I’m glad we have L’Ancien teaching advanced class, but my relationship with him is very different. I had BW entirely to myself for months, and he understands my body better than anyone (better, in fact, than I do) where ballet is concerned.

So until he departs, I plan to make the most of every class with him. I mean, not that I didn’t plan to in the first place. But you know what I mean.

Anyway, it’s late and I’m exhausted, so off to bed with me.

Mr. Merkah demonstrates how I feel right now

Ballet Intensive, Day 3

Last night, conditioning class was tough —Ms. A2 opened with a gentle warm-up that lulled us all into complacency, then whipped out the most-demanding Pilates workout I’ve done to date.

I spent the brief break before technique class pacing the studio to keep my muscles warm; between that and the flexibility work we did in conditioning, I had increasingly awesome turnout throughout barre and good extensions. I’ve been remembering to stretch my piriformis, which has been helping with my splits.

Double turns were reliably on tap for turns and terre-a-terre (a lovely waltzy thing with sweeping ronds) and I had good entrechats during petit allegro, although I had to battle muscle memory to keep from doing a similar combination we do frequently at home.

I might overturn my ruling about triple turns tonight, because I’d like to tune them up for variations, if I can.

After the second break, we ran Albrecht a bunch of times, then revisited our duo, then returned to Albrecht.  We’re now really polishing both. I substituted contretemps where I’d just been stepping over myself in one passage and added double turns where they fit, though if we perform the duo, I probably won’t do them unless C does. We are, after all, supposed to be mirroring of one-another, not show-boating!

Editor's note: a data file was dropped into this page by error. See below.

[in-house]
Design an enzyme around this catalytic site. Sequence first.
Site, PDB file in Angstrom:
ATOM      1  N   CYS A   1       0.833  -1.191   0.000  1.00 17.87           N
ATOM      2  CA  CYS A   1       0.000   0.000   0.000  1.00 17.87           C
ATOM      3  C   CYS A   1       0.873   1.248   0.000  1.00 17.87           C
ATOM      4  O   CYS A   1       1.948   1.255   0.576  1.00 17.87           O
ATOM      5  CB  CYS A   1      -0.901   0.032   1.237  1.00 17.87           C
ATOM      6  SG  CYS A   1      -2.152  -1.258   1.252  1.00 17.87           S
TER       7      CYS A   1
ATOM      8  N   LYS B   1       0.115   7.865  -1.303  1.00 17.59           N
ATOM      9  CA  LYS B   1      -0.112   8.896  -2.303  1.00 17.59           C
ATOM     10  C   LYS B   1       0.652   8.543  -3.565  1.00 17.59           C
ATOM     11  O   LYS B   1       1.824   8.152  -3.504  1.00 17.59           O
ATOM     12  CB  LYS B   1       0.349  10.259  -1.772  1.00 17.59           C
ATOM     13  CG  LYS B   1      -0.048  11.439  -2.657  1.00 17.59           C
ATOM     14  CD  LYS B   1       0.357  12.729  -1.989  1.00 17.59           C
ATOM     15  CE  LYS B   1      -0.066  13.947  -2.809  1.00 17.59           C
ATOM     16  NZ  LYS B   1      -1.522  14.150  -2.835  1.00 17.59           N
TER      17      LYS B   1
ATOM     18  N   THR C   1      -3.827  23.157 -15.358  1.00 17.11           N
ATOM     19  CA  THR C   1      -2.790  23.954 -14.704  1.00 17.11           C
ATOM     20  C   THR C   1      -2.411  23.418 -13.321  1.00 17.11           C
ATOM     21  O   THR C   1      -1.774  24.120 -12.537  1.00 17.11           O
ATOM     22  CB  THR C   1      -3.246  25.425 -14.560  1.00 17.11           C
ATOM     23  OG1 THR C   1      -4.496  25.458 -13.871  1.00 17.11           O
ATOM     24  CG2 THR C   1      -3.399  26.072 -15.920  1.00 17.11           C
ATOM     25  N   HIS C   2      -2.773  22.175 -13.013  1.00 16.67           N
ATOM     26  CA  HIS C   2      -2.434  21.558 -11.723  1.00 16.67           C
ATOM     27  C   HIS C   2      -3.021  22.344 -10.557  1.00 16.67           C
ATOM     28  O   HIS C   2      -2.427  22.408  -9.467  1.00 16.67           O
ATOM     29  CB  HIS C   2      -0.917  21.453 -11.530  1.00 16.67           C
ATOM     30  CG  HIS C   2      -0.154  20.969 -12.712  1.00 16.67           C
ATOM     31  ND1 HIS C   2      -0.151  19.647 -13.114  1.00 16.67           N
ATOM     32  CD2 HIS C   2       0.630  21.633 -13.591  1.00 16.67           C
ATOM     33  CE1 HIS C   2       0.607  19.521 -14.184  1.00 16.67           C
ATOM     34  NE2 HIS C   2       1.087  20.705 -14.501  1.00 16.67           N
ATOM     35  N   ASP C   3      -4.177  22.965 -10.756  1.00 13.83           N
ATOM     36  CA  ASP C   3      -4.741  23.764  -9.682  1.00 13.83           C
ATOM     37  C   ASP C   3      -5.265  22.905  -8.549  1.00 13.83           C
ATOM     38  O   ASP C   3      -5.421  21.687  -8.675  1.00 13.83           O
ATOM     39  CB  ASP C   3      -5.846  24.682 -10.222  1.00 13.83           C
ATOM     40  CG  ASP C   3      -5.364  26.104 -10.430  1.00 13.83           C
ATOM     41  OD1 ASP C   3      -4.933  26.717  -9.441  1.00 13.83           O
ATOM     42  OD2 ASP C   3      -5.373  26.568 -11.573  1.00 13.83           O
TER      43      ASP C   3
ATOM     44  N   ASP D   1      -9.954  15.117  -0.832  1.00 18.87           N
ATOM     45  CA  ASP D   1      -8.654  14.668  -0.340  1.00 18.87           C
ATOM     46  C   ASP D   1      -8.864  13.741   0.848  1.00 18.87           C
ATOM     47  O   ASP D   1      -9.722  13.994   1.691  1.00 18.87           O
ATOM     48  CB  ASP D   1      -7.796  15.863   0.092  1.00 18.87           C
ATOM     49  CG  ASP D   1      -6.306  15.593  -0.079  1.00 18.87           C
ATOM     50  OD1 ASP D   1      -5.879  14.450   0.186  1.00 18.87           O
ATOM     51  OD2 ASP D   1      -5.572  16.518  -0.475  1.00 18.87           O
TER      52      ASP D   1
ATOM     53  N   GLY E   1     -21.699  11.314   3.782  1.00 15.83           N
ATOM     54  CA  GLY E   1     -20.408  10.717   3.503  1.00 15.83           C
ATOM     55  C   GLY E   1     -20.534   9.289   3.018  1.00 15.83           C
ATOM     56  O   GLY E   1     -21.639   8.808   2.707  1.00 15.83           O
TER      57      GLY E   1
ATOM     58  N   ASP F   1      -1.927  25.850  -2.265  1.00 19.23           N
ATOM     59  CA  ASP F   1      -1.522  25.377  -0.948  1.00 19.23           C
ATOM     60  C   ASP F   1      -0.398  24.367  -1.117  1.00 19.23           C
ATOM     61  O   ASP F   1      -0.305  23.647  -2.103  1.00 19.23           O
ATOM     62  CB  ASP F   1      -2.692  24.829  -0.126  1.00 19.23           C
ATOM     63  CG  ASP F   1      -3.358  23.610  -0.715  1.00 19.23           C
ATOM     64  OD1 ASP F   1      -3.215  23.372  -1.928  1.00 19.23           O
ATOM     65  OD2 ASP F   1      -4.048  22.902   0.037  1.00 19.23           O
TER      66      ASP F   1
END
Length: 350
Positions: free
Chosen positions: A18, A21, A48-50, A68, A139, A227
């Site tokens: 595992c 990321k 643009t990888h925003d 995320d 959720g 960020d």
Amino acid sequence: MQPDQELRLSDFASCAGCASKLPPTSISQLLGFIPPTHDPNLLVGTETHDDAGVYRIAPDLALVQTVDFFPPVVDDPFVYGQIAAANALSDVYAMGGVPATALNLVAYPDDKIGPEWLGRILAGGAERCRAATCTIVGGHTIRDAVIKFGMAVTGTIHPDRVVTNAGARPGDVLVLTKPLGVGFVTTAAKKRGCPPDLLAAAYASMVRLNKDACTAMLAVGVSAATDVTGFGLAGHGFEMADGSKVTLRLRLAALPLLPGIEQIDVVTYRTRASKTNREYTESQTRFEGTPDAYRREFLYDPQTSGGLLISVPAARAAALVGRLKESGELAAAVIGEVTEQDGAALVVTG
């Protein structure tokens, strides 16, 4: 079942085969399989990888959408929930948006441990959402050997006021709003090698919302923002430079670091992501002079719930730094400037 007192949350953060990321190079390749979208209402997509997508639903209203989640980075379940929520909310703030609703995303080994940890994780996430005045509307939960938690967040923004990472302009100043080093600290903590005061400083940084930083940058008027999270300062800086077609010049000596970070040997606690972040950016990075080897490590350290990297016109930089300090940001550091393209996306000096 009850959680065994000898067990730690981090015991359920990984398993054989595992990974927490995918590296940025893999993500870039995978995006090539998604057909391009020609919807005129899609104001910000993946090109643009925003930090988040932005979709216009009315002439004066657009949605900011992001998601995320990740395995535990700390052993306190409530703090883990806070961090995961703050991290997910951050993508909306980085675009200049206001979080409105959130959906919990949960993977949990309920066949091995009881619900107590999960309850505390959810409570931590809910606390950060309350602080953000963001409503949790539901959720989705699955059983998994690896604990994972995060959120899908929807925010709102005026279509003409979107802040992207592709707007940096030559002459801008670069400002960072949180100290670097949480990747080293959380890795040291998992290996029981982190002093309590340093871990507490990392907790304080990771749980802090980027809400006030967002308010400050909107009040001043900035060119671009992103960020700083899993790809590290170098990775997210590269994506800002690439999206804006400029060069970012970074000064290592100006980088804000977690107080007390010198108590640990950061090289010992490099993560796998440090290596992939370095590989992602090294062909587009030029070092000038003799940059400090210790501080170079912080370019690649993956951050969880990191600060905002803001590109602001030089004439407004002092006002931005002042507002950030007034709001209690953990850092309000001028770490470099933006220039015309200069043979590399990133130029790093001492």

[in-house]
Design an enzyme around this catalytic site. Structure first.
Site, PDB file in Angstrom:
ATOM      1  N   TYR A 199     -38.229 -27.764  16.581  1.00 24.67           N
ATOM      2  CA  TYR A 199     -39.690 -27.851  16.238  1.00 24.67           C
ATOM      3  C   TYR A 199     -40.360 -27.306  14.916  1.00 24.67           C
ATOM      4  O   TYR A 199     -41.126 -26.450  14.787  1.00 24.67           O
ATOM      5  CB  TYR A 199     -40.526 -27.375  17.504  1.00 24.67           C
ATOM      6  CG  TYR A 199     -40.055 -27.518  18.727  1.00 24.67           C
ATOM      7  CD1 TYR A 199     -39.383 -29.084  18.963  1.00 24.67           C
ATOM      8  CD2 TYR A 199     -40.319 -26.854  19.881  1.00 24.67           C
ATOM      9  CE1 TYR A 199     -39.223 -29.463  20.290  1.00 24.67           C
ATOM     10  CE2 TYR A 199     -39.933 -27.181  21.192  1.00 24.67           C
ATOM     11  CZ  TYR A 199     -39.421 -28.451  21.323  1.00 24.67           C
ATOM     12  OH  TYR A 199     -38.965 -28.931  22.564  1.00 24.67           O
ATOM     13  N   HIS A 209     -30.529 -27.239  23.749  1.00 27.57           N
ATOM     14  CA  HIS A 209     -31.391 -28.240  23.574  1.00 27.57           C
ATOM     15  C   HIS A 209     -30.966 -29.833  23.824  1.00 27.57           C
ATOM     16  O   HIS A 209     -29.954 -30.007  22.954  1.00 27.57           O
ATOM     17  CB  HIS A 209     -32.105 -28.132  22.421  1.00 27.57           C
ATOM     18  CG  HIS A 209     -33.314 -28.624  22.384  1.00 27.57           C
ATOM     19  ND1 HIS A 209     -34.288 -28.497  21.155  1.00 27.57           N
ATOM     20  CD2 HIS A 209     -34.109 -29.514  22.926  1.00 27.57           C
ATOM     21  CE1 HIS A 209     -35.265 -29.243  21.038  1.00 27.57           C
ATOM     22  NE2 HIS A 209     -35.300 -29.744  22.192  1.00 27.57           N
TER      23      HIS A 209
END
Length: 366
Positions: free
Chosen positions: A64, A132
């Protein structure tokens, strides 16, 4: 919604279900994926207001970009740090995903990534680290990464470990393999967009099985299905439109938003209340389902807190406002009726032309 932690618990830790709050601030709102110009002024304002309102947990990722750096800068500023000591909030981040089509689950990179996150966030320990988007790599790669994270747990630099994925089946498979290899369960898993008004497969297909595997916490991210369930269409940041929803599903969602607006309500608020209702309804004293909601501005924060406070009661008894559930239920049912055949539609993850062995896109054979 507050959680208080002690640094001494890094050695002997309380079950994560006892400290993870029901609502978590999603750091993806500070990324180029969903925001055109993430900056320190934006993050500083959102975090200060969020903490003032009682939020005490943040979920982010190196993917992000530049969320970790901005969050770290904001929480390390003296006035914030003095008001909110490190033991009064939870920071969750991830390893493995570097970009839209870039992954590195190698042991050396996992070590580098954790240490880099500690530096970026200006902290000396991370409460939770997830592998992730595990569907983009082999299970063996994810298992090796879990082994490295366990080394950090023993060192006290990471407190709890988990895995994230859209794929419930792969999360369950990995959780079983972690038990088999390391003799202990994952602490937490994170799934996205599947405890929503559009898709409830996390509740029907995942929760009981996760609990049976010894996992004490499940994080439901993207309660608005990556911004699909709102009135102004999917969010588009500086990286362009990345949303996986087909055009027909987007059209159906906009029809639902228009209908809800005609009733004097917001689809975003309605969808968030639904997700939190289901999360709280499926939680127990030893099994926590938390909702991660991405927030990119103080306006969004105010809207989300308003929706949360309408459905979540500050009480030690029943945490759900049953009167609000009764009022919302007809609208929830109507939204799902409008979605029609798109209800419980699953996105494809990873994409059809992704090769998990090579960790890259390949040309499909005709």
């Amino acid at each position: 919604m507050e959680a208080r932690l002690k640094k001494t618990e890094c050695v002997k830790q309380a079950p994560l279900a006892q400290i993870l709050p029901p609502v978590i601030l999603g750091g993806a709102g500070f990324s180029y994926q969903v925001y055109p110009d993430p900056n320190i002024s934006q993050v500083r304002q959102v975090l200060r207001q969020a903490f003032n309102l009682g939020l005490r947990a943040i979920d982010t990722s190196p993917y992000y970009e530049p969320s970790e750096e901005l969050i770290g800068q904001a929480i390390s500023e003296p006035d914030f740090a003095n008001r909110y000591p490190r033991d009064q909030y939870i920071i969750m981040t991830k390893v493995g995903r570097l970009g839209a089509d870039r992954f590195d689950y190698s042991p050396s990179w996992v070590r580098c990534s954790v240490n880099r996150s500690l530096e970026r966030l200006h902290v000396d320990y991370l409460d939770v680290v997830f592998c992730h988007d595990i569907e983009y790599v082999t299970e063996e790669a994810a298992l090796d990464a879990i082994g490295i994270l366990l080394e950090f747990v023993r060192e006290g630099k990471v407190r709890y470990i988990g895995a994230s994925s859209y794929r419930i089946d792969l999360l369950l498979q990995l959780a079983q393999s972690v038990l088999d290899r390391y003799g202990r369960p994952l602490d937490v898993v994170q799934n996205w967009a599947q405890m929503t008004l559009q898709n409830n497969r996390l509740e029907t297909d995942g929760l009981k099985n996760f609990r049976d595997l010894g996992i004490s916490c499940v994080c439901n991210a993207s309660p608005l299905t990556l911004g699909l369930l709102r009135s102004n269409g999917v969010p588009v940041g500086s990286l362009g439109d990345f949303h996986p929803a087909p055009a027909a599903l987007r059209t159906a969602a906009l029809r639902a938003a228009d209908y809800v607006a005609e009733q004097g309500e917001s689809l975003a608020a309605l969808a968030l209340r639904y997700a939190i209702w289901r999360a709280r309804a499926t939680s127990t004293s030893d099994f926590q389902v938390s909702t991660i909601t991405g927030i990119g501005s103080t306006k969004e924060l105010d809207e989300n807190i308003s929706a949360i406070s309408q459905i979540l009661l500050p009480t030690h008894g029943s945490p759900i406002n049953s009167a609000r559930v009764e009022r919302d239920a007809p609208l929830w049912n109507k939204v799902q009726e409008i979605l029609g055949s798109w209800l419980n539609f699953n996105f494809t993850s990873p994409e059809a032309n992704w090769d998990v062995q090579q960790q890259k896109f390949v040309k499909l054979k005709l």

Albrecht-wise, since I now have the opening pose-step-chassée-cabriole-assemblée-Sissone sequence down, I’ll see tonight if I can work double cabs in. I’m still not 100% sure I can even do them reliably, but it would be awesome to be able to pull them out on Saturday.

I should also figure out how I want to finish Albrecht’s variation — there are some options. Right now I’m doing a turn from fourth to second to the knee (which I think I should finish effacé but with my shoulders opened back to stage left, since that would leave me facing our imaginary Giselle, for whom I’m theoretically doing this entire dance?).